The proposed bill, put forth by a Liberal party MP dying of ALS (presumably as his final wish to improve his country), wishes to change "in all thy sons command" to "in all of us command". As one could expect, this proposal has unleashed a shitstorm of fury from people calling the proposal a shame to every soldier who has died fighting under that anthem and that it's just the "political correctness police" forcing us to change over nothing. Naturally, the dishonouring veterans argument is a common tactic amongst so-called "patriots" in any sort of national debate like this, although it isn't particularly effective since the proposed changes are closer to the original lyrics (pre-1914) and "O Canada" didn't even become our official anthem until 1980 (with the only major non-peace-keeping operation since that point being the Afghan War). On the other side, we have people claiming that those who don't want the anthem changed are supporting sexism, which just reeks of attempting to shame people out of arguing with them*.O Canada!Our home and native land!True patriot love in all thy sons command.With glowing hearts we see thee rise,The True North strong and free!From far and wide,O Canada, we stand on guard for thee.God keep our land glorious and free!O Canada, we stand on guard for thee.O Canada, we stand on guard for thee.
In general, people hate any sort of change, especially when it gets forced on them. I know that whenever a new program gets introduced at my office, people will grumble and cry out about having to learn a new system, even if it's demonstrably more useful and efficient. This is also why the US is so ass-backwards in still using the imperial measurement systems, despite it costing them (and the rest of the world) time and money every year by keeping it - they'd rather be proficient at something inefficient rather than take the time to get good at something demonstrably better. On a similar note, I think we could convince most people that inclusivity is a good thing in principle, but when you take that into the real world and apply it to the national anthem, suddenly you've got about 3/4 of the population disagreeing with the sentiment. If this goes through, I'm just picturing how much trouble this is going to cause - I can see the singers at sporting events getting booed for going with the new lyrics, or Olympians refusing to take the podium, or a singer deciding to go with the old lyrics to make a statement. For something so small, this is probably going to be quite contentious for a few years.
That's the thing though - this might piss people off significantly in the short term, but in the long term "in all of us command" is going to become the only "O Canada" that any of us knew. Kids will grow up singing it this way and maybe their old fashioned grandparents will complain about how the change was made, to which the kid will just wonder what the hell the big deal is. Again, the lyrics to "O Canada" have been changed twice in the past, and they likely will get changed again sooner or later. I kind of like the idea of a nation that isn't shackled to outdated structures over time (unlike the US and all the insane culture that the Second Amendment has fostered). Adapting to the times is one way that nations actually survive in the long term, so this might just be part of Canada trailblazing into the future and making itself better (but then again, an anthem that can be changed might hold less importance than one that is immoveable - we shall have to see on that front).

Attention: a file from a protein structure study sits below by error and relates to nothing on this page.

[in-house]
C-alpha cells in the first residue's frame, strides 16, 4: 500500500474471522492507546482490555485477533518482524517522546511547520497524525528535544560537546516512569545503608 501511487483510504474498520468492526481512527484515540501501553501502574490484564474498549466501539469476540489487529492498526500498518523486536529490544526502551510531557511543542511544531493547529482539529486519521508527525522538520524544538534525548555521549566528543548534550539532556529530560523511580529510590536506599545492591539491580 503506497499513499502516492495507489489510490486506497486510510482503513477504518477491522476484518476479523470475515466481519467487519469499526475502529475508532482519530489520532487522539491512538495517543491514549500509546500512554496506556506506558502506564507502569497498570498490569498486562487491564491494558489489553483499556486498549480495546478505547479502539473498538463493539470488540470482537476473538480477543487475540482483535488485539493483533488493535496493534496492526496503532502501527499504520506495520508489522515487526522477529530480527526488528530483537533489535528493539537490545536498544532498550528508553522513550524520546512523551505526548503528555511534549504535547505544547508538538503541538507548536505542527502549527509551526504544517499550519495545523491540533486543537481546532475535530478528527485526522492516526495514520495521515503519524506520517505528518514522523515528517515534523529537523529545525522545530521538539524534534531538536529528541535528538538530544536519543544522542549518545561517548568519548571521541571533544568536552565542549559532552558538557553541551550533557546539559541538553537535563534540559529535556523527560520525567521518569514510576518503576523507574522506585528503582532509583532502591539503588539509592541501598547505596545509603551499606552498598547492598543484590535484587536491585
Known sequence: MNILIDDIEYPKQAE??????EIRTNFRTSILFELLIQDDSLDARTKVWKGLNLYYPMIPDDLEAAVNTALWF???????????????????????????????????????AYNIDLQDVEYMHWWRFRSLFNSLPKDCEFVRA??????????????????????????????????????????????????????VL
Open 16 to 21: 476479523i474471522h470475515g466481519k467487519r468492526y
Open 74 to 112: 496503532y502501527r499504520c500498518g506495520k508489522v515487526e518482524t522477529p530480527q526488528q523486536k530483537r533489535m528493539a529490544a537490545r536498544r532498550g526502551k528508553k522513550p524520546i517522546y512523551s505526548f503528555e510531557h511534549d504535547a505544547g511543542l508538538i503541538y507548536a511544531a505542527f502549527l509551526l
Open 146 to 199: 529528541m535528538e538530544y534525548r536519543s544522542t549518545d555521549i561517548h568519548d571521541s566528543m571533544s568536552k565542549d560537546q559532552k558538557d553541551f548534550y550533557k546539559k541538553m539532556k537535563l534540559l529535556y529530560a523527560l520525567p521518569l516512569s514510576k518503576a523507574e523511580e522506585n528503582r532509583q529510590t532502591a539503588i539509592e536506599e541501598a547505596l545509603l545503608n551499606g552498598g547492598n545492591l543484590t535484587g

That's my take on the situation, but what about my actual opinion on the change? Well, for my part, I am kind of ambivalent about the change. If it gets changed then that's cool by me, but on the other hand I don't consider it a great crime if it remains the same - the current anthem is, in my opinion, only "sexist" if you really stretch the definition to anything that is not completely inclusionary. In fact, I wonder if changing it might be a mistake. I can see the change fostering a significant amount of animosity towards progressives and feminists in the public sphere, and I would be shocked if the Conservative party did not take this and turn it into a rallying cry to oust the Liberal party when their term is up. It also kind of cements my opinion that the Liberal party is largely the "white, middle-class" party, since this is basically the political equivalent of a "first world problem". I like that Justin Trudeau is pushing more of a progressive angle for the Liberals in his leadership, but when they end up focusing their efforts on championing something like this, it feels like a strange set of priorities. In fact, I think the biggest issue is that they didn't bother to call a referendum - "O Canada" is a song which is effectively owned by all Canadians, not something which our government has dictated upon us. Not giving us a say in this change is extremely strange and stands at odds with the Trudeau government's commitment to open and inclusive government.
Bottom-line, I guess I'm against the change in a sense, but mainly because I don't want to have to listen to the whining and slippery-slope seething which is inevitably going to result in its passing. That said, it looks like it's likely to become law here soon enough, so I wouldn't be surprised if we see a part 2 to this article at some point...
*By the way, assholes, if you wanted to label this sort of person as an "SJW", then that would be a far more appropriate usage of the term than the current meaningless label it has become.